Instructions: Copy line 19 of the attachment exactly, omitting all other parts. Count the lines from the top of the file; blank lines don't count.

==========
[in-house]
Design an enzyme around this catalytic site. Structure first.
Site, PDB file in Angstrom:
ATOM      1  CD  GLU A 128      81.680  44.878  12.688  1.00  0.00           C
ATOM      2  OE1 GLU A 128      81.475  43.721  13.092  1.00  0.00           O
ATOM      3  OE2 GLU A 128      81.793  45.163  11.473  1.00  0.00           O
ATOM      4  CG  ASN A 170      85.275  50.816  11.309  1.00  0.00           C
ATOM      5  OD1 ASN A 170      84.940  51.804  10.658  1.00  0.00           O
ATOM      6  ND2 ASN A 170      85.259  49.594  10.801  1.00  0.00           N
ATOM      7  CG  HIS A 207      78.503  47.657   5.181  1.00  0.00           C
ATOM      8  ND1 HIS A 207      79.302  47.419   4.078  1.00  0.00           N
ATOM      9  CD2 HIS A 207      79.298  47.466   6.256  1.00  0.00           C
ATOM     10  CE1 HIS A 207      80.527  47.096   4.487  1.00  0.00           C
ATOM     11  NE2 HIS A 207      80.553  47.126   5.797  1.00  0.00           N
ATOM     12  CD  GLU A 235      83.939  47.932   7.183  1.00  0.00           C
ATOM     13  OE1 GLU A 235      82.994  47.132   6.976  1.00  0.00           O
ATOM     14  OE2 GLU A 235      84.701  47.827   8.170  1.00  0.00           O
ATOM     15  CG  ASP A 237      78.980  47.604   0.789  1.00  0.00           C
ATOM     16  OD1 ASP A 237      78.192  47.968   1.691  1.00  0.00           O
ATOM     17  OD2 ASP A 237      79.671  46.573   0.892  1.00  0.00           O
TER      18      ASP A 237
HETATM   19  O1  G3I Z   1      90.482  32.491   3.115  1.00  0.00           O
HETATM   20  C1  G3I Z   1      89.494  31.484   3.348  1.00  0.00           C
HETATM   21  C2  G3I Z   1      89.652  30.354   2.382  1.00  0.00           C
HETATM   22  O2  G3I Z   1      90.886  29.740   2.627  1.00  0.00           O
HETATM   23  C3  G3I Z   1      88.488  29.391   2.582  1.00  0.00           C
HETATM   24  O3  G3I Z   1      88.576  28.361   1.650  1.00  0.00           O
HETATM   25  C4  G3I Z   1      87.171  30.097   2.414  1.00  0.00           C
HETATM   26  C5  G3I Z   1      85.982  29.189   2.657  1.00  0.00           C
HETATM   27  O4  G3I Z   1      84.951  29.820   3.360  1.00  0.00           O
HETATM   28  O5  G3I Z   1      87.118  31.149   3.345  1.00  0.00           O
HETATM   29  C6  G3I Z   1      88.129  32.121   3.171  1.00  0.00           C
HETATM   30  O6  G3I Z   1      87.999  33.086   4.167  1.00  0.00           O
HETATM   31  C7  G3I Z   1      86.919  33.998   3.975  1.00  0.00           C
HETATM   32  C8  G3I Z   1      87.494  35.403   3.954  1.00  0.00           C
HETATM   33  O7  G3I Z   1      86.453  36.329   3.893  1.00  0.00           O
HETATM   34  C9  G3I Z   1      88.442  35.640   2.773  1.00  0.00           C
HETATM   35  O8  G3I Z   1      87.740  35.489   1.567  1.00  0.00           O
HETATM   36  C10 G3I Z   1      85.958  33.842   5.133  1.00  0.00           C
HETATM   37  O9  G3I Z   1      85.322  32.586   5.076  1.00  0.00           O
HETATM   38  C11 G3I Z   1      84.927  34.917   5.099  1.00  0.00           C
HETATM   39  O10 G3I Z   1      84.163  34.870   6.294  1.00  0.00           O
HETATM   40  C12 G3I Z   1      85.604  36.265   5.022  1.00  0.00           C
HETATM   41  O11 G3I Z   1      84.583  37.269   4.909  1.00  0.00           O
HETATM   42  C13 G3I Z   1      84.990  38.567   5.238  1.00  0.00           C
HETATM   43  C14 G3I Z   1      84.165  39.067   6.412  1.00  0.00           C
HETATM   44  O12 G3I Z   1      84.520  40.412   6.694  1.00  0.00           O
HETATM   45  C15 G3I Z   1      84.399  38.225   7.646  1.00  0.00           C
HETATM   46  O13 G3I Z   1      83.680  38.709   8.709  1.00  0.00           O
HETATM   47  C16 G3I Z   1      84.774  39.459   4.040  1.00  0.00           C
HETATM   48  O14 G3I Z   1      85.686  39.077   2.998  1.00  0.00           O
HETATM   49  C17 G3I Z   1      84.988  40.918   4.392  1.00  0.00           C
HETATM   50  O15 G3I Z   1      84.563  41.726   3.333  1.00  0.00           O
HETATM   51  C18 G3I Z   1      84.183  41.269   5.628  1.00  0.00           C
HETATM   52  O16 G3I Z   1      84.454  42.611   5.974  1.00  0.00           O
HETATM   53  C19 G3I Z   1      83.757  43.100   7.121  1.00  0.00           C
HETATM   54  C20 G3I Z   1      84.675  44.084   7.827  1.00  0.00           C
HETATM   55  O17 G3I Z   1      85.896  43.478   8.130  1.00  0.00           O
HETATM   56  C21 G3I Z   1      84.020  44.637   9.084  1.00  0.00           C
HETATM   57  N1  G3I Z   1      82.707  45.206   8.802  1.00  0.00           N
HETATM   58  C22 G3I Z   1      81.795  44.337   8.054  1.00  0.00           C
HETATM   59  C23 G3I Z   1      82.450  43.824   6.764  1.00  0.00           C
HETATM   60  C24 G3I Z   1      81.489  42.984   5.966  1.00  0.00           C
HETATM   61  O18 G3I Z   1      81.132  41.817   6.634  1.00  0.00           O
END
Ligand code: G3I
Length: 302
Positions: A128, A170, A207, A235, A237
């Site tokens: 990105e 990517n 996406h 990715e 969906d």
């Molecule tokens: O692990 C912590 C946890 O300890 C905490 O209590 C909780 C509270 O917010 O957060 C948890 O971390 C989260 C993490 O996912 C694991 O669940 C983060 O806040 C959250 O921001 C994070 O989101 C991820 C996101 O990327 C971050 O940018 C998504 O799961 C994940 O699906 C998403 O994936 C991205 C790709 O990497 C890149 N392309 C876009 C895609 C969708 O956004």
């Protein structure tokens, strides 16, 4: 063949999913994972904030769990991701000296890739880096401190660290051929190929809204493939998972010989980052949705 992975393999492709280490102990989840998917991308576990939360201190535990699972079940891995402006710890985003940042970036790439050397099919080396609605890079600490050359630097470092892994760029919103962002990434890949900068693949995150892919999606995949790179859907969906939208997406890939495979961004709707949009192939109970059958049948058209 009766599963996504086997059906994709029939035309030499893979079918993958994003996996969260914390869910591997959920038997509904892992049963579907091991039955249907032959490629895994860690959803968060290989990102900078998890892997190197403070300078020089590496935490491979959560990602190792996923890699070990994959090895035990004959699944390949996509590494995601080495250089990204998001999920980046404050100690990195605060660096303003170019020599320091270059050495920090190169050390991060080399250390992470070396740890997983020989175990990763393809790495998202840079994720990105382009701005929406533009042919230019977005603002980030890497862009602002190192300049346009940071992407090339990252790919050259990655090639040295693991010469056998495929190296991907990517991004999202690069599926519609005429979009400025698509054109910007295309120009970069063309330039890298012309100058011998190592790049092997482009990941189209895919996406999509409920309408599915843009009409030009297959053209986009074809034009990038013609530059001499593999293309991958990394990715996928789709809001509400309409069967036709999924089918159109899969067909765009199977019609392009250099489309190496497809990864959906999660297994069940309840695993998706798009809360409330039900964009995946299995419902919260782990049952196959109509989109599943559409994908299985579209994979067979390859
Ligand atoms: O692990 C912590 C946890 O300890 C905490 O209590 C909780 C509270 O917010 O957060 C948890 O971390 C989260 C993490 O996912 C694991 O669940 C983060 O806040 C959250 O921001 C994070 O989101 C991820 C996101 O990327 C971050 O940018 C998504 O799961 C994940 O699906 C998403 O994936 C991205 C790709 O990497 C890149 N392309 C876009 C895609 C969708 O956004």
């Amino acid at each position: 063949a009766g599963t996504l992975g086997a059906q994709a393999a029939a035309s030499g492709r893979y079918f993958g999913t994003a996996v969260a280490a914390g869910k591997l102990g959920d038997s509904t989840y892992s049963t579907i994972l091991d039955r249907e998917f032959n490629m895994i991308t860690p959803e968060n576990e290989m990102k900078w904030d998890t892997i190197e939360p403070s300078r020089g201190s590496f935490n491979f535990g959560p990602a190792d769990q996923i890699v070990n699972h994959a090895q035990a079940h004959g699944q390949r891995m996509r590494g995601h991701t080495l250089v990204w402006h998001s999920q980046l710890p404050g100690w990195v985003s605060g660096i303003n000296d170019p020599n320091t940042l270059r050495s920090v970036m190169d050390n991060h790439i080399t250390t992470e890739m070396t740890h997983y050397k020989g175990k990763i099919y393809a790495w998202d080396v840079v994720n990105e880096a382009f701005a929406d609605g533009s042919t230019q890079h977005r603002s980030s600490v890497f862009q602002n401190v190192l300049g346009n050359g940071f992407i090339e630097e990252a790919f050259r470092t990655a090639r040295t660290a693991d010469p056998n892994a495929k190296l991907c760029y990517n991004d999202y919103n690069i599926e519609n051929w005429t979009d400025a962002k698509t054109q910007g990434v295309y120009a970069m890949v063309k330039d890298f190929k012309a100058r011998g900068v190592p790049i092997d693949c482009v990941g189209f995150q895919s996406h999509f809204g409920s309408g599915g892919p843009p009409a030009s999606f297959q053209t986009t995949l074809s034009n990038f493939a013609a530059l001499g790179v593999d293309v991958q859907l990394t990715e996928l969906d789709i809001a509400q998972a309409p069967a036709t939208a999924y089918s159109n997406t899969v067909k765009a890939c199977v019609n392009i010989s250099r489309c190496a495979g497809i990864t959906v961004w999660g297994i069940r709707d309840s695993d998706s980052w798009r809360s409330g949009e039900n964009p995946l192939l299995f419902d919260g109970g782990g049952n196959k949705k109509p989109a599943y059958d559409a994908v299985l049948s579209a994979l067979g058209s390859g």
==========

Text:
ATOM     16  OD1 ASP A 237      78.192  47.968   1.691  1.00  0.00           O